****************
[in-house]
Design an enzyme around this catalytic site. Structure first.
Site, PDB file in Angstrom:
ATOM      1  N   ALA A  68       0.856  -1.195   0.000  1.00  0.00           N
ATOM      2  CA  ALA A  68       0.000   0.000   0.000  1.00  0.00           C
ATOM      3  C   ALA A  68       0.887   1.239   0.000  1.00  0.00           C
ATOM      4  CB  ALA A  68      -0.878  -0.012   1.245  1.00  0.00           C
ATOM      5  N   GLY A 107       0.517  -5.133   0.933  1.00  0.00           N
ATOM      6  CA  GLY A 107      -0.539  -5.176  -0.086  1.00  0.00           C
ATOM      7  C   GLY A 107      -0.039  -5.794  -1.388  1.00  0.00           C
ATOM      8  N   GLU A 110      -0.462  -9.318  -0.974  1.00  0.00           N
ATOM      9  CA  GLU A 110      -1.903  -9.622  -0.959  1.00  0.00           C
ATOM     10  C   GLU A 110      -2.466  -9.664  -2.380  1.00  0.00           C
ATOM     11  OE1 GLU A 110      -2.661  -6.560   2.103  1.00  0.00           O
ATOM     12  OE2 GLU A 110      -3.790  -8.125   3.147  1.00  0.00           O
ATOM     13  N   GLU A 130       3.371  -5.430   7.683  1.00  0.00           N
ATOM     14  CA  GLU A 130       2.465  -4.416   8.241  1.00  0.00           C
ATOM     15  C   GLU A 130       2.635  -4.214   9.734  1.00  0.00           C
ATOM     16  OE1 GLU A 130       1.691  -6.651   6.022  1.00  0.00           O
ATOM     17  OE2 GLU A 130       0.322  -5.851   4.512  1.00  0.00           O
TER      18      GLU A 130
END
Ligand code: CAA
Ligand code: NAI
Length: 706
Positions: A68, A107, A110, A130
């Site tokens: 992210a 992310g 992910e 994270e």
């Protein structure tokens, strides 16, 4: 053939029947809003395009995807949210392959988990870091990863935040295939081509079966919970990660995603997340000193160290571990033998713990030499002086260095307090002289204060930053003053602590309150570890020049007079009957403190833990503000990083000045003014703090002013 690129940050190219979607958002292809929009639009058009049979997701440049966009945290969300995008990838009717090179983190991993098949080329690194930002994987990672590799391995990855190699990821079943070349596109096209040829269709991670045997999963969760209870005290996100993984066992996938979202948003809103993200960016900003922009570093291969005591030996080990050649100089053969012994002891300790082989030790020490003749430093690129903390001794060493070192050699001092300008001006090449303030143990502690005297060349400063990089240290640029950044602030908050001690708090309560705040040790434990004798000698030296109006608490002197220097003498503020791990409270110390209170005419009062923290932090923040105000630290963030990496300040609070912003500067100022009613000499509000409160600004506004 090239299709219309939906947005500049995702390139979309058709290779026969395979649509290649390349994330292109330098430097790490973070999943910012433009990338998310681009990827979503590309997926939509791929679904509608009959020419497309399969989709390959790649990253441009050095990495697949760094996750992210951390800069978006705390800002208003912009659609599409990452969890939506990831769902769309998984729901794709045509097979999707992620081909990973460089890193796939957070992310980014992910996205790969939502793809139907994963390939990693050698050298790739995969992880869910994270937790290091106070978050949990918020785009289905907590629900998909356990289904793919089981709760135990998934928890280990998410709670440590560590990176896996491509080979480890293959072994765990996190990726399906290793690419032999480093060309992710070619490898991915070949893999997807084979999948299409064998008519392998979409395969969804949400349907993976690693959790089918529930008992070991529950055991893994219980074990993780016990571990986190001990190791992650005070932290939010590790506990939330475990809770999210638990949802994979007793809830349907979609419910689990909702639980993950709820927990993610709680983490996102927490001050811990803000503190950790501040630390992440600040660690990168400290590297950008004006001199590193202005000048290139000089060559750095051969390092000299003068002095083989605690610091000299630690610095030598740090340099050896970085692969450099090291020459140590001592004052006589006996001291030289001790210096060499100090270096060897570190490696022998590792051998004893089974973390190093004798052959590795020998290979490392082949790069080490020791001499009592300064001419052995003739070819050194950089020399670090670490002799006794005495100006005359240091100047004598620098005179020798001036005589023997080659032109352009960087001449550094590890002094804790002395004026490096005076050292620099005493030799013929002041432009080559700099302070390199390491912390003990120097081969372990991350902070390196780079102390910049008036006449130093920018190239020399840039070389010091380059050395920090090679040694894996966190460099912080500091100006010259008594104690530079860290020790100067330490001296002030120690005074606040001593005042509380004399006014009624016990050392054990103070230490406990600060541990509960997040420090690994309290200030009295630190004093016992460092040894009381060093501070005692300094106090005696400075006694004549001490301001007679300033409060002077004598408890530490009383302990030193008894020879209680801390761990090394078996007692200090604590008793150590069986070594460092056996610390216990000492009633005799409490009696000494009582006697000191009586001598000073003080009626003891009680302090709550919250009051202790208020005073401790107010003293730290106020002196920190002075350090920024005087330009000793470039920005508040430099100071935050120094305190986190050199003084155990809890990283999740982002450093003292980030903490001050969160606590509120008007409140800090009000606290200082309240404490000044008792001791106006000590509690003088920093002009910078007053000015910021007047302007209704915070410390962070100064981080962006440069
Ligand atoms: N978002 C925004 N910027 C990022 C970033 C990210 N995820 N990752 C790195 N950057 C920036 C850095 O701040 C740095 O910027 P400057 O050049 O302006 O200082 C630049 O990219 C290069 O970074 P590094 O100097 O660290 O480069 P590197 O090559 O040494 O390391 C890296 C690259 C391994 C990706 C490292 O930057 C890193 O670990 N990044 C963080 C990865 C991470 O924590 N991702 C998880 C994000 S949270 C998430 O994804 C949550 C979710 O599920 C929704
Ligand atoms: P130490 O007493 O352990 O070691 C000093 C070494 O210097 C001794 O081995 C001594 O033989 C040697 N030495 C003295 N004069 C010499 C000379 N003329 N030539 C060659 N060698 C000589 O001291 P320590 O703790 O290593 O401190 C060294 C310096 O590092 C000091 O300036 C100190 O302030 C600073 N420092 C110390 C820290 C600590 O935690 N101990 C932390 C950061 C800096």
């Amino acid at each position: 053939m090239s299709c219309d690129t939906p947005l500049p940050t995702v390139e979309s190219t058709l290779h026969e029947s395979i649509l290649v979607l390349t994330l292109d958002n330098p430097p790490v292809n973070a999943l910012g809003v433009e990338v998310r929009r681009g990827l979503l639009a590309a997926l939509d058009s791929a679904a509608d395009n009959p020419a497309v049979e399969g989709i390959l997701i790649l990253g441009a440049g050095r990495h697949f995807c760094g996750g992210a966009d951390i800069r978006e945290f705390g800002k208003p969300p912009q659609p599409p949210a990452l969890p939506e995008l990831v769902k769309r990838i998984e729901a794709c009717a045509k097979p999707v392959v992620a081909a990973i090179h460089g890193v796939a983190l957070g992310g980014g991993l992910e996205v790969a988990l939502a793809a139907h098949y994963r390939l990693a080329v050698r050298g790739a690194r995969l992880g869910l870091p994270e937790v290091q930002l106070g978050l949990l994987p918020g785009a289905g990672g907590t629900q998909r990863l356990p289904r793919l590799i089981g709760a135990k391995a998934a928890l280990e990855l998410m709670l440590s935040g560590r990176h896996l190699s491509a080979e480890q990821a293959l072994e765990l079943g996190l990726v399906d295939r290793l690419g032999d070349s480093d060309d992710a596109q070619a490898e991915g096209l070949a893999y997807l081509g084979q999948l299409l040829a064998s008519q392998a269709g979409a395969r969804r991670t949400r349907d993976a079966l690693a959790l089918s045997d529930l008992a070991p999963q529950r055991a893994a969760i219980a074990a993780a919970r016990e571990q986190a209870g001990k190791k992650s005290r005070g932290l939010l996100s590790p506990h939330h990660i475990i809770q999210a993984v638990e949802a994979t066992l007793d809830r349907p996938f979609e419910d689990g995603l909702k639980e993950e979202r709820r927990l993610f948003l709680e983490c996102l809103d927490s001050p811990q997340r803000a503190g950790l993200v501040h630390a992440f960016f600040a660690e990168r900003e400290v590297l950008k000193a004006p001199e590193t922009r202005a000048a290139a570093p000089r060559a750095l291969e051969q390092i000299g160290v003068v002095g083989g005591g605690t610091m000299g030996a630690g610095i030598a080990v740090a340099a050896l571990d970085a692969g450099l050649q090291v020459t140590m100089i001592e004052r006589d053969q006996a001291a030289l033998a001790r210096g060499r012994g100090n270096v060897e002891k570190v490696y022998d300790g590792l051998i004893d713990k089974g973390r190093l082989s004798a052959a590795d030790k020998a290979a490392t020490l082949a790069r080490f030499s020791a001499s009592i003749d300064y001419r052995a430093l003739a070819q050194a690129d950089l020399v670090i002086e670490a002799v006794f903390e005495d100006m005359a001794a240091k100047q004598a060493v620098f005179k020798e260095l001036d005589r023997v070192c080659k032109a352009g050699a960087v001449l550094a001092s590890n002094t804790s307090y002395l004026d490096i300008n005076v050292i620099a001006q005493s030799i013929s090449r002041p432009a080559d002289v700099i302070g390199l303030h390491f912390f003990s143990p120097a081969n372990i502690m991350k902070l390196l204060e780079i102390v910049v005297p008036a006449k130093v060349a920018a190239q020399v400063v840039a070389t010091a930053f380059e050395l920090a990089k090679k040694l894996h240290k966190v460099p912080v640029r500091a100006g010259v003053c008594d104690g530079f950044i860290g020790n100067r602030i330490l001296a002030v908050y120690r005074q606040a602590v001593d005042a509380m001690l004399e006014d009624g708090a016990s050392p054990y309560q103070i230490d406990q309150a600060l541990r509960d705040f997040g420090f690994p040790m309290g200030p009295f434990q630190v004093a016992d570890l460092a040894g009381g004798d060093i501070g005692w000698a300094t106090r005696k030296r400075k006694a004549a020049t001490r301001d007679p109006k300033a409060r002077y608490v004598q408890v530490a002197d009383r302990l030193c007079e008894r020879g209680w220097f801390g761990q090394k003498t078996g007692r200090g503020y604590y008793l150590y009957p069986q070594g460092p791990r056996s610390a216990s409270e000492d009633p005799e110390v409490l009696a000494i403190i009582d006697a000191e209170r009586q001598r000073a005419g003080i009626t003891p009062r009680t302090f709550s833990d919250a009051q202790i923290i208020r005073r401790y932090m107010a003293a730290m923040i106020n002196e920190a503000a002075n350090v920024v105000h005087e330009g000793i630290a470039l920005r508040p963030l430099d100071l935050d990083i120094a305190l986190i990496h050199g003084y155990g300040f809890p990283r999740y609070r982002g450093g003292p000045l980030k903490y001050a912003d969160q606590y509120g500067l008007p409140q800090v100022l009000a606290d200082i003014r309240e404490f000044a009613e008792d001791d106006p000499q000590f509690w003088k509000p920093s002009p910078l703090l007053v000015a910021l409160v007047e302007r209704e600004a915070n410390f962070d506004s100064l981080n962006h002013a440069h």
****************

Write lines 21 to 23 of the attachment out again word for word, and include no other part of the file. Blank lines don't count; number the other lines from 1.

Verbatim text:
TER      18      GLU A 130
END
Ligand code: CAA